We like fats, salt, and sugar because we need them to survive. Our brain can't run without them. They also don't occur in nature in large amounts so we're programmed to crave them. So...why are we demonizing them? If you eat too much of anything, it's problematic. It's simplistic but easy to understand why fat would make someone fat, but in this case, it's not the truth!
There is fat and salt in most processed foods in places you may not even expect (same with HFCS), and our bodies did not evolve to handle that much of it. And of course, most Americans eat quite a lot of processed food. I'd love to go into how we evolved and what we ate, but I'll save that for another post.
So then what's wrong with low-fat and low-sodium? Well, I'll tell you what. If something doesn't taste satisfying, we probably won't feel satisfied. Fats help us feel fuller and satisfied for a longer period of time. Sometimes low-fat and low-sodium foods are just gross. So what happens when we eat our "Lite" soup and it tastes like watered-down vegetable puree? Well, we might add a ton of salt to it anyway just to make it palatable. Or, we might just be unhappy and unsatisfied and still feel hungry and so we'll eat another can. Or, we may even take it a step further and eat a fat- and salt-laden soup anyway. So now, we're eating more calories than we would have if we just ate the "bad" soup. Another reason is that in the absence of fat, sugar and ingredients you probably don't recognize as actual ingredients are usually added so that there is still some sort of flavor. If I eat two low-fat soups in order to feel as satisfied as if I ate one regular soup, I'd have just eaten more than twice the amount of sugar I normally would have.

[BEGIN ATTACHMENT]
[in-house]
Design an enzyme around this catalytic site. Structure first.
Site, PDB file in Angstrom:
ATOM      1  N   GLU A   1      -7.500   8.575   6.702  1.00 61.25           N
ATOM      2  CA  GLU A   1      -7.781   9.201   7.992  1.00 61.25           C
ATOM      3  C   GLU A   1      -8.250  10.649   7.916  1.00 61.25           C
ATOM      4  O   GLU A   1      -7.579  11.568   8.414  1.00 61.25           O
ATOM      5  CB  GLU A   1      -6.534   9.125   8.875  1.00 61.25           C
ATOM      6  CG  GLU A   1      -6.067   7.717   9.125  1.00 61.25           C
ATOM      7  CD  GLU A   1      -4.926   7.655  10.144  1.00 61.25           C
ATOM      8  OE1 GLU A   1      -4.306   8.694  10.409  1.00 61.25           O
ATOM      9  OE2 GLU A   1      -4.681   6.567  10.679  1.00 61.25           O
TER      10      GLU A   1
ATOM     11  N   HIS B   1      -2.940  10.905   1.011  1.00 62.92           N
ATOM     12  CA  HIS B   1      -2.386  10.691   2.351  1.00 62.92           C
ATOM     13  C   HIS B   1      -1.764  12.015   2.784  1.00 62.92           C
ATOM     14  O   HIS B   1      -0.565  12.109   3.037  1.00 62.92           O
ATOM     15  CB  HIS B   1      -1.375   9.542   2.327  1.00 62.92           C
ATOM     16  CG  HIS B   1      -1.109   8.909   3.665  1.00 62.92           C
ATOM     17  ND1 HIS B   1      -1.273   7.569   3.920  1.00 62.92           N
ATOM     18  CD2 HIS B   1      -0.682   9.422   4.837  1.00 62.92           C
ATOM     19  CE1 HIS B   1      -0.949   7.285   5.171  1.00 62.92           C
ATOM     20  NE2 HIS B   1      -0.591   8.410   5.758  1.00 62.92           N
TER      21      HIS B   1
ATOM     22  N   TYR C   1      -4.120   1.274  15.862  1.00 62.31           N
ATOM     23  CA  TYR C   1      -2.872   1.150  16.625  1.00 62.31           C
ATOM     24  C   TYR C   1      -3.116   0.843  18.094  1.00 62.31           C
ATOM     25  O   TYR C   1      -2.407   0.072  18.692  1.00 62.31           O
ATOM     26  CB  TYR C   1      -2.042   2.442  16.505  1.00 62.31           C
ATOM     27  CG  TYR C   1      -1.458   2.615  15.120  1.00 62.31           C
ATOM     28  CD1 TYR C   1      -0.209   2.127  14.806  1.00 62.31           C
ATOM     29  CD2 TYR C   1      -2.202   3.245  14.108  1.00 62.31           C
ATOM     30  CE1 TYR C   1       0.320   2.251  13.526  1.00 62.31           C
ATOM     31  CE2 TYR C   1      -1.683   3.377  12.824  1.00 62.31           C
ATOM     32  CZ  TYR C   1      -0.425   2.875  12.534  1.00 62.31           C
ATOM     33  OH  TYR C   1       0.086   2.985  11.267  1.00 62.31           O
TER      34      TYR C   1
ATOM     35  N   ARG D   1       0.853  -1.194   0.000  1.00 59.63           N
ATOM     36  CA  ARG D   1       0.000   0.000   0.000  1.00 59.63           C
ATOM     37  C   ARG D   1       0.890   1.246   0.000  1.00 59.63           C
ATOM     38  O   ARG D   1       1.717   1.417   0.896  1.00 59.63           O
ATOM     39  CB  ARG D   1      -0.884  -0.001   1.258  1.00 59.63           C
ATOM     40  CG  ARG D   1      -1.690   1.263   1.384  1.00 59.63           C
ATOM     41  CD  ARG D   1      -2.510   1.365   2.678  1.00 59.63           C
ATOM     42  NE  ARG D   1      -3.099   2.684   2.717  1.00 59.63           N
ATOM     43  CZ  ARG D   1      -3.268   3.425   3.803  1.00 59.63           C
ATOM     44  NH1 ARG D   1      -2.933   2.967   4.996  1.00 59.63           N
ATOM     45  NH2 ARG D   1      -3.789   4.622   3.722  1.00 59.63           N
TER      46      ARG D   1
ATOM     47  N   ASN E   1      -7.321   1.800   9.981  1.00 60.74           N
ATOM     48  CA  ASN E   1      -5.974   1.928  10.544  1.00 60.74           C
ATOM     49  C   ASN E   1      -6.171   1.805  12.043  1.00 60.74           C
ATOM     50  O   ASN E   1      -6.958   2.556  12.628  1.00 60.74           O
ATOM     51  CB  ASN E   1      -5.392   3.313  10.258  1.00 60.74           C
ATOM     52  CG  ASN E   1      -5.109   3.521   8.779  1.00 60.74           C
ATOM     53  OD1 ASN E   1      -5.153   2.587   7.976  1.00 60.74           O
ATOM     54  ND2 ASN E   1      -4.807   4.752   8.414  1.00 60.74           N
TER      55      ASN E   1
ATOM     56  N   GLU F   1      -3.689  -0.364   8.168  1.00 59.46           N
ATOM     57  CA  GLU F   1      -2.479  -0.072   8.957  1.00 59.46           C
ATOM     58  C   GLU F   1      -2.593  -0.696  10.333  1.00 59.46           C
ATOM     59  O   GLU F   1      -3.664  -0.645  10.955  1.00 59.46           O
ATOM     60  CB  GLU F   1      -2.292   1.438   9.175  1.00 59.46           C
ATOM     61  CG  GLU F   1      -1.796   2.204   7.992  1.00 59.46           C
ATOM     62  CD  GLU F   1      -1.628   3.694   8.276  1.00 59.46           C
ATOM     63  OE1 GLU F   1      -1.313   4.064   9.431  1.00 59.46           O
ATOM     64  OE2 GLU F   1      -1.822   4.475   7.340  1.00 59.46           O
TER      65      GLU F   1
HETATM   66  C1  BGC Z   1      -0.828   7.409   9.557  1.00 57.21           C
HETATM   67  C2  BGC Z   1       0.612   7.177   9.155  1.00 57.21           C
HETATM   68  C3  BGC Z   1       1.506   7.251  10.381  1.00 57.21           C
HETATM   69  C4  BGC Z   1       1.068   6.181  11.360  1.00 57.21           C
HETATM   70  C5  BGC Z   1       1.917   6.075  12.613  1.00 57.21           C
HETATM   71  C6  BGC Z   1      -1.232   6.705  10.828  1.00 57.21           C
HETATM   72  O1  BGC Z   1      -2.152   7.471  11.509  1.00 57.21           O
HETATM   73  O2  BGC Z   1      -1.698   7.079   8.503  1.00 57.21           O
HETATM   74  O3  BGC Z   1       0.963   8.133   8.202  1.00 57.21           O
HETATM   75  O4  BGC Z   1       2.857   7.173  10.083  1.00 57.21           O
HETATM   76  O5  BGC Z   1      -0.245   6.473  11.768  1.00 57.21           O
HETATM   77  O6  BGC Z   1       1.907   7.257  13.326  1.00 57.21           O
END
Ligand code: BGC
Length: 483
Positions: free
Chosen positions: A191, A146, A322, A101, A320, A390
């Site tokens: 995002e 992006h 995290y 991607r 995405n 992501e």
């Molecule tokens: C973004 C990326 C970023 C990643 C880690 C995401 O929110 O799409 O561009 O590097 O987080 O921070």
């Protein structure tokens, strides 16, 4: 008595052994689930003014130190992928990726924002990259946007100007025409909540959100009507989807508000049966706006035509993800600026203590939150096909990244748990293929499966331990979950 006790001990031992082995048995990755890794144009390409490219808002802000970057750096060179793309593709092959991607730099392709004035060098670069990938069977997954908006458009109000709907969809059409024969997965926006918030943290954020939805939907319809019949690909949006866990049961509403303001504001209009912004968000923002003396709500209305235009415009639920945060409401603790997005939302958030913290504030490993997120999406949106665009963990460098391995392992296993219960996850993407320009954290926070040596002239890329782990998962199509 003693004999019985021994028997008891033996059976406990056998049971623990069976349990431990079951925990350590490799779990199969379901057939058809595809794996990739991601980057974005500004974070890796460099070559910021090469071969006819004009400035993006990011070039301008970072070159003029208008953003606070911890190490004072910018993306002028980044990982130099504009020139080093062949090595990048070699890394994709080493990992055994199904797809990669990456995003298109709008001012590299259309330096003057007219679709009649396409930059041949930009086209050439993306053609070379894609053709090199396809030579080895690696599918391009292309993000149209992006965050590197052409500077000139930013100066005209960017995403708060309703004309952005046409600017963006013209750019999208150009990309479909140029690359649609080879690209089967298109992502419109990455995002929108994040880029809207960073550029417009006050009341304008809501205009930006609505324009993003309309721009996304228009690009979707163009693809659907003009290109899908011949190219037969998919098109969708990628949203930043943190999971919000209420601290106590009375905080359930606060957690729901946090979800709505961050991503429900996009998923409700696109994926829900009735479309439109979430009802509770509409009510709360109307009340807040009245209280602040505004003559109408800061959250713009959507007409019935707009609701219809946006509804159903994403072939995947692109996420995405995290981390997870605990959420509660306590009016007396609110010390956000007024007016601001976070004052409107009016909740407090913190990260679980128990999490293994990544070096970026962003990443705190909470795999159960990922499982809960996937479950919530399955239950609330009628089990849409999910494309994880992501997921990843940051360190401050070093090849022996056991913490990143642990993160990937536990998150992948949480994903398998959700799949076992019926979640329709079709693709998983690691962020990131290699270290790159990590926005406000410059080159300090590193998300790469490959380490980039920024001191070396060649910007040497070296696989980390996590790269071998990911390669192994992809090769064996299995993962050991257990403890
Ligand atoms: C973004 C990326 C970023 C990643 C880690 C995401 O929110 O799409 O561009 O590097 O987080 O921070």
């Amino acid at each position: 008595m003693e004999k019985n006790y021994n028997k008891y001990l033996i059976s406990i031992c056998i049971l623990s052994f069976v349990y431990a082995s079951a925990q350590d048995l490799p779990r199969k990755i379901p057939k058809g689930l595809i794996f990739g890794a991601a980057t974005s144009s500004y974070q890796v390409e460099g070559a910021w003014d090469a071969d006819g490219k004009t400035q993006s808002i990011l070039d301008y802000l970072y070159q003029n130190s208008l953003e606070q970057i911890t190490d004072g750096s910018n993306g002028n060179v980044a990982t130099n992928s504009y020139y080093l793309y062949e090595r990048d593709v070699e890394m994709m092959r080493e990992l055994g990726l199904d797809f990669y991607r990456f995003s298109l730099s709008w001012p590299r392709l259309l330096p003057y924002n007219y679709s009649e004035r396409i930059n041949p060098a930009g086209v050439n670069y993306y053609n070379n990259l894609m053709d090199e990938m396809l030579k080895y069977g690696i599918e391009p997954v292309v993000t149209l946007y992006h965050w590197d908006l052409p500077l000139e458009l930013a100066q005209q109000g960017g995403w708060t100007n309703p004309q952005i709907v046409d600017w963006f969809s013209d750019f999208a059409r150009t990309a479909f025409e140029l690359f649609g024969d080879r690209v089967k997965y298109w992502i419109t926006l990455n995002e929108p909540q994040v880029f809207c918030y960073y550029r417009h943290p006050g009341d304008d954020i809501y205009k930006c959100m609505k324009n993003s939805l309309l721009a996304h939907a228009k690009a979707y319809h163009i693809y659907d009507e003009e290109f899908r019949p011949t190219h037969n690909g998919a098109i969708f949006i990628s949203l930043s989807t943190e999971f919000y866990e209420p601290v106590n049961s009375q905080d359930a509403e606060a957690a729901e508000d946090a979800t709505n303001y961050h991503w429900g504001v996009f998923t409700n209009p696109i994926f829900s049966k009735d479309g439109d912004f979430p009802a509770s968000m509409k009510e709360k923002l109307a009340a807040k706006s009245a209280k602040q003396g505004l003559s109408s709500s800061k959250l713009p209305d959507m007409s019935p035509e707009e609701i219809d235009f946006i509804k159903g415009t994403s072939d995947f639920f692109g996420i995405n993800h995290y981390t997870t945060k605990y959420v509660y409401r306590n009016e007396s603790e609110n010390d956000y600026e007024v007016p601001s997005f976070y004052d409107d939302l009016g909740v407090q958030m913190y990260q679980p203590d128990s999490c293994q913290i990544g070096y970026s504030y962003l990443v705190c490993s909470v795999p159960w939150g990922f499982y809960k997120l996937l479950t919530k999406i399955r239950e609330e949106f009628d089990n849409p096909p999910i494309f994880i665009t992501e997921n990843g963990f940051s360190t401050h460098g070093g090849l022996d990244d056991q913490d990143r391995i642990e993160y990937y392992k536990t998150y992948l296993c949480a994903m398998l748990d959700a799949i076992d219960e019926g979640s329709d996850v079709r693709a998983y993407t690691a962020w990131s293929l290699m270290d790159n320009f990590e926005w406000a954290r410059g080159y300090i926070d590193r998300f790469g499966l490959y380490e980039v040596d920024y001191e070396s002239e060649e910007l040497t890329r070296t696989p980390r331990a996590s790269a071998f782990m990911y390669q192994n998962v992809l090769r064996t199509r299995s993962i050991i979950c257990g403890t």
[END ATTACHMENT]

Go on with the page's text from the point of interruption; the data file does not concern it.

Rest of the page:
There are a lot of bad things about processed foods, and one of them is that they contain more sugar, salt, and sometimes fat than you probably would add if you made them yourself. It's certainly more convenient to nuke a bowl of instant maple brown sugar Cream of Wheat, but you probably wouldn't add nearly that much sugar if you bought the plain flavor and "seasoned" it yourself.
Low-fat dairy products really aren't good for you
Low-fat dairy products are touted by nutritionists as being better for you than their full-fat counterparts. The only thing they're right about is that there is less fat in low-fat products. That does not mean they're good for you! Here's a great example of what most nutritionists say; notice that the only basis they have for what makes something healthy or not is how many calories, and specifically calories from fat, is in the product. That is so over simplified!!!
Milk, as many of you know, contains lactose, a type of sugar. It also contains protein. Full-fat milk contains naturally occurring vitamins, dietary fiber, CLA, iron, and linoleic acid, an essential fat. When they remove some of the fat, it increases the percentages of carbohydrate and protein in the milk and removes all those great things I just listed. The protein content is usually improved by adding dry milk powder to the milk, which introduces more health risks. Basically, you remove fat, and you end up with more sugar in your glass of milk and fewer health benefits. If there is any ingredient that runs the risk of making you fat, it's sugar.